And that’s all you need!
If you have a WordPress site, you can get Thrive Themes and it has a good page builder included. It’s called Thrive Architect, and it has lots of landing page templates, which you can edit to change the copy, styling and links.
The other great thing is that Thrive Themes also comes with premium WordPress Themes, surveys, opt-in forms, membership sites, and a hundred other things. It has everything you would need to build an all-in-one digital marketing website. It’s what I’ve used to build this website. I cannot recommend it enough.
Or you can sign up for a page builder tool like BuilderAll. It basically does everything ClickFunnels does, plus has an auto-responder included, and costs half as much as ClickFunnels! Or one-sixth as much as ClickFunnels with an auto-responder costs!. So if you don’t have a website, BuilderAll is a no-brainer for quickly building landing pages and affiliate marketing funnels.
So whichever way you go, you then build the squeeze / landing / bridge page (whatever you want to call it), and hook it up to your auto-responder. You can use the one you get with BuilderAll, or otherwise if you have a blog I use and really recommend GetResponse.
Then you link your squeeze page to the sales page, add your retargeting pixels, and you are ready to go.
If you want to be a bit more creative, there are some other options you can try instead of the traditional squeeze page. Some people find that open and click rates from emails are not great. So they are trying other methods to grab traffic and send repeated offers to them. Here are some of your other options.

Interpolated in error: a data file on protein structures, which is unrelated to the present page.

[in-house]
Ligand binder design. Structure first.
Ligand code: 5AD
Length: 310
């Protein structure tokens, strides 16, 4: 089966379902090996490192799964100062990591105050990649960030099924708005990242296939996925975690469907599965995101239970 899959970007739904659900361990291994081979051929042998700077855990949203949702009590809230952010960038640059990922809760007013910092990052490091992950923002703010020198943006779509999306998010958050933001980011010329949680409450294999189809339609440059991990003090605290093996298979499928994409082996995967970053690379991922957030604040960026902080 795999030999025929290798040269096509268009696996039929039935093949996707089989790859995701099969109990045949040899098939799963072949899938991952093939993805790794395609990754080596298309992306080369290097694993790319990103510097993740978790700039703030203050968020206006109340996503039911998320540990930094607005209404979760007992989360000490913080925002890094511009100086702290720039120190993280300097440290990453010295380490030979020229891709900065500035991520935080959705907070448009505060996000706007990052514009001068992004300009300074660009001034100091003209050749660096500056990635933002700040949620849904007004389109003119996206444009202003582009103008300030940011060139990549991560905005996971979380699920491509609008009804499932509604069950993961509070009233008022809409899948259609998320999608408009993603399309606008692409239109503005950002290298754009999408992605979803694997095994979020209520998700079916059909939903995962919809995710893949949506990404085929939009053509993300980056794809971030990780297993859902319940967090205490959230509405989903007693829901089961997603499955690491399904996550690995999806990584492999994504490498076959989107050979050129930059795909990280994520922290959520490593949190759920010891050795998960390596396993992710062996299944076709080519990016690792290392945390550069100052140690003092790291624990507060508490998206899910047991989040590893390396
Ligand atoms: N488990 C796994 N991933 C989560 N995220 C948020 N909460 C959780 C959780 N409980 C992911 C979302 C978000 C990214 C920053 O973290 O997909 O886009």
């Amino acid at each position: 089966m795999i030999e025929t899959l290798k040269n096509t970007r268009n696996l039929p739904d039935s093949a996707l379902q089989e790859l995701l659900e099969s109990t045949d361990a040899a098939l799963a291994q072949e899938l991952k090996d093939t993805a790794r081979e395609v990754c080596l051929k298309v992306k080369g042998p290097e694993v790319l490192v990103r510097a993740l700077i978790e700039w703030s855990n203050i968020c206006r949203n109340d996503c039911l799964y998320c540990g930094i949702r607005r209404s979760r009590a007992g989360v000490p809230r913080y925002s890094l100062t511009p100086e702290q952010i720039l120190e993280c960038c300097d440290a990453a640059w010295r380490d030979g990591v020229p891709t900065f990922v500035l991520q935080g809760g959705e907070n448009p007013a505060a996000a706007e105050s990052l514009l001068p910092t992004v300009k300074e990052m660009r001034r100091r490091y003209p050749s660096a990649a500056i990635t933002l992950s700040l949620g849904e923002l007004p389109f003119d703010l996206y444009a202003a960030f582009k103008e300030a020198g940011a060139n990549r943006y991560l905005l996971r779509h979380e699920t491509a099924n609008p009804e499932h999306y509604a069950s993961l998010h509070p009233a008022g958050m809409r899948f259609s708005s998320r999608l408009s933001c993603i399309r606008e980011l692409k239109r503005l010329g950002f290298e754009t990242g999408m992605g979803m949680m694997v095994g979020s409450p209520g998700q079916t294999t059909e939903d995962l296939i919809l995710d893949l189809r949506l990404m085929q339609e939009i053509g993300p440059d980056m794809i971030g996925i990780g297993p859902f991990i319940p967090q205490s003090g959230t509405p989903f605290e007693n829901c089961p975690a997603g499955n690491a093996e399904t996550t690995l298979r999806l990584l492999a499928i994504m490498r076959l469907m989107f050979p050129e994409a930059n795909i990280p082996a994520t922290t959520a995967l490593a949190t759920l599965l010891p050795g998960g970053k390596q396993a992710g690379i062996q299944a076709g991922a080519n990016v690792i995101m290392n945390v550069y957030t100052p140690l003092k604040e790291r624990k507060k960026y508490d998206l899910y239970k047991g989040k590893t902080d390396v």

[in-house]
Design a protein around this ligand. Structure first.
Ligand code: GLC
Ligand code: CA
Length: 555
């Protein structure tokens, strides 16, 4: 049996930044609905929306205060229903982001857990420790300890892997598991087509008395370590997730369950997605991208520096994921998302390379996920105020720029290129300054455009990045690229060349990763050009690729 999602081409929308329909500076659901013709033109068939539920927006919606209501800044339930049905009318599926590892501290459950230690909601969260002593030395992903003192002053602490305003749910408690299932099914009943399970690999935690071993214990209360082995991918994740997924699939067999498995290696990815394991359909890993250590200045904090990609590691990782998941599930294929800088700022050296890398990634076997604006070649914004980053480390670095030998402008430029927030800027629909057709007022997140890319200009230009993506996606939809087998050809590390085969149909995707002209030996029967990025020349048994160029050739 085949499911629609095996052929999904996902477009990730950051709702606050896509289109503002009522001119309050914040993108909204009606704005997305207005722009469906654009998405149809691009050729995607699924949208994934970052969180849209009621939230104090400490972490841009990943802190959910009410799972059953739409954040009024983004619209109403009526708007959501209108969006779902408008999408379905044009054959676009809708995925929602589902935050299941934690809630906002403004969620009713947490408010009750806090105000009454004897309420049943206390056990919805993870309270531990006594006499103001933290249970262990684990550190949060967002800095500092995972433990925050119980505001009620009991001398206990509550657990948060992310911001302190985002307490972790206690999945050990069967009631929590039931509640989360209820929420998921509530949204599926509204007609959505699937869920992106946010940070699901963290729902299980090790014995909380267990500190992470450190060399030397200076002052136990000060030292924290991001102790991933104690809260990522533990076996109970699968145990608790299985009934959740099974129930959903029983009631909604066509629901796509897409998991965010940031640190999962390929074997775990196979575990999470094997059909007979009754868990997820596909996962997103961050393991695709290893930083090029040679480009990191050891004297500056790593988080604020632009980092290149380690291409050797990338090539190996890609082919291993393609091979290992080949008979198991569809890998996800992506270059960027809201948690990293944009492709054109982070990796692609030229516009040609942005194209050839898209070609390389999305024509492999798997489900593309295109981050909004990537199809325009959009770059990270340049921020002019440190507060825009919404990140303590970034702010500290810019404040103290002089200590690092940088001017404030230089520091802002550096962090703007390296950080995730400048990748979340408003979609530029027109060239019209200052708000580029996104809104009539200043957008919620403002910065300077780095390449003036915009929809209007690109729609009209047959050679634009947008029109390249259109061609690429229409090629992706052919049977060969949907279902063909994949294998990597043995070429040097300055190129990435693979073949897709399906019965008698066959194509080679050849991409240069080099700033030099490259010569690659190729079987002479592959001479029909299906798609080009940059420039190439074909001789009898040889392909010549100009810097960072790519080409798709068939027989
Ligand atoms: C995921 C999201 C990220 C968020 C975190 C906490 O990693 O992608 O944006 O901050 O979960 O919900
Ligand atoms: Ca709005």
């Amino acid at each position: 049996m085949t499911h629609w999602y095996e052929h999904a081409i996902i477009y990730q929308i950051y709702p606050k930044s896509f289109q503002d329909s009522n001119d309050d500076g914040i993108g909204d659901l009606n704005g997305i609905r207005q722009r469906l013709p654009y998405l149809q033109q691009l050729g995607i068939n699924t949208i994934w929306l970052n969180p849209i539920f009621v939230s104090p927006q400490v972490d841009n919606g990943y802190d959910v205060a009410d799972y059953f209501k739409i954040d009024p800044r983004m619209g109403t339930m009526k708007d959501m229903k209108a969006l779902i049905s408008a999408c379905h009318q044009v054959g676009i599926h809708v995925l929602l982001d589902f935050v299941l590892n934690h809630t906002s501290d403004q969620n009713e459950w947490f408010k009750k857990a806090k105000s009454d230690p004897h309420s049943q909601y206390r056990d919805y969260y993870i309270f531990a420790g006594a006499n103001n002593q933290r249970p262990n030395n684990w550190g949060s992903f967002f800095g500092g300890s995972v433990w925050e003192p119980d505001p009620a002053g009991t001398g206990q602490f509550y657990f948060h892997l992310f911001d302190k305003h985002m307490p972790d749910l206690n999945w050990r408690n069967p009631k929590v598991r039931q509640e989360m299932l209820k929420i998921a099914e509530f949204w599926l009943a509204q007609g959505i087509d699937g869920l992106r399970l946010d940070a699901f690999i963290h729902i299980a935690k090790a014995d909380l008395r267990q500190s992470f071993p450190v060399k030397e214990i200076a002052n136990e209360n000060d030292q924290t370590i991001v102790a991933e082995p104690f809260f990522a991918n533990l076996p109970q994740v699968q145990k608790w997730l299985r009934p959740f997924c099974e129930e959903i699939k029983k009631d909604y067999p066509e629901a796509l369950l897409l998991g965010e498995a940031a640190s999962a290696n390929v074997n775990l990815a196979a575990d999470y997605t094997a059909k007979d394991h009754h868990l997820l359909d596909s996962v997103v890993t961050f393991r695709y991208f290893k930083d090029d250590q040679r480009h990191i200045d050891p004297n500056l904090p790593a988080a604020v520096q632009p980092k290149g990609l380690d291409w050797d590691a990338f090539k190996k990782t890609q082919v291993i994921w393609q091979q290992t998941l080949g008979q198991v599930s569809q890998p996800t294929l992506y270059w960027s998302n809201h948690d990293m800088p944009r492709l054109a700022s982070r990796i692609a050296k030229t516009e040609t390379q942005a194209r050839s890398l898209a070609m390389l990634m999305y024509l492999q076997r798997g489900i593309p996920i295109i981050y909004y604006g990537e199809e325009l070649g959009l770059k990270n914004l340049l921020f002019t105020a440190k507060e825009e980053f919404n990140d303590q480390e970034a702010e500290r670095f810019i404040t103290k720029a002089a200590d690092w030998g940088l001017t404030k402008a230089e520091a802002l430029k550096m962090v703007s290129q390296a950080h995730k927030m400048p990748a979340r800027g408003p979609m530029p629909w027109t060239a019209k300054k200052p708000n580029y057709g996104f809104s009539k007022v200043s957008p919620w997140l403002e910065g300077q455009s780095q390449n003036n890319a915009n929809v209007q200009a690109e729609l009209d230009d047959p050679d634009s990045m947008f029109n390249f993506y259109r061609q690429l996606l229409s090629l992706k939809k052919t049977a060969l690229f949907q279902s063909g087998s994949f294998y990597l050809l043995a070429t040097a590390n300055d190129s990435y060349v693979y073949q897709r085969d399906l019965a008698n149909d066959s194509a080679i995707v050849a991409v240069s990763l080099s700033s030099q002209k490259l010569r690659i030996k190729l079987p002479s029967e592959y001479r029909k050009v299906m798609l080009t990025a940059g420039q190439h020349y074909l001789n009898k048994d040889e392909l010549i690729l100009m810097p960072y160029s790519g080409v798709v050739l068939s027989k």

You could try sending traffic to a page with a push notification opt-in. That way instead of signing up to your email list, they sign up to your push list. You can then send them browser push notifications instead of emails.
Some people swear by Facebook Messenger bots instead. You would send traffic to a page that asks them to interact with a Messenger bot. And then the bot sends them to the sales page.
The advantage of this is that your bot can now send them more messages with links to offers. And open rates on Messenger bot messages are much higher than that of emails. So if you are prepared to put in the money and time to install and set up Messenger bots, this could work really well for you.
I hope you found this article helpful. It is a very brief introduction to funnels. There is a lot more to go into, like the upsell / downsell / cross-sell funnel that usually happens after the sales page, or how to do your email followup sequences, and so on.
But this is hopefully a helpful introduction for beginners on how to set up a basic affiliate marketing funnel!
Is any of it still unclear? Please leave questions in the comments below and I’ll do my best to answer them!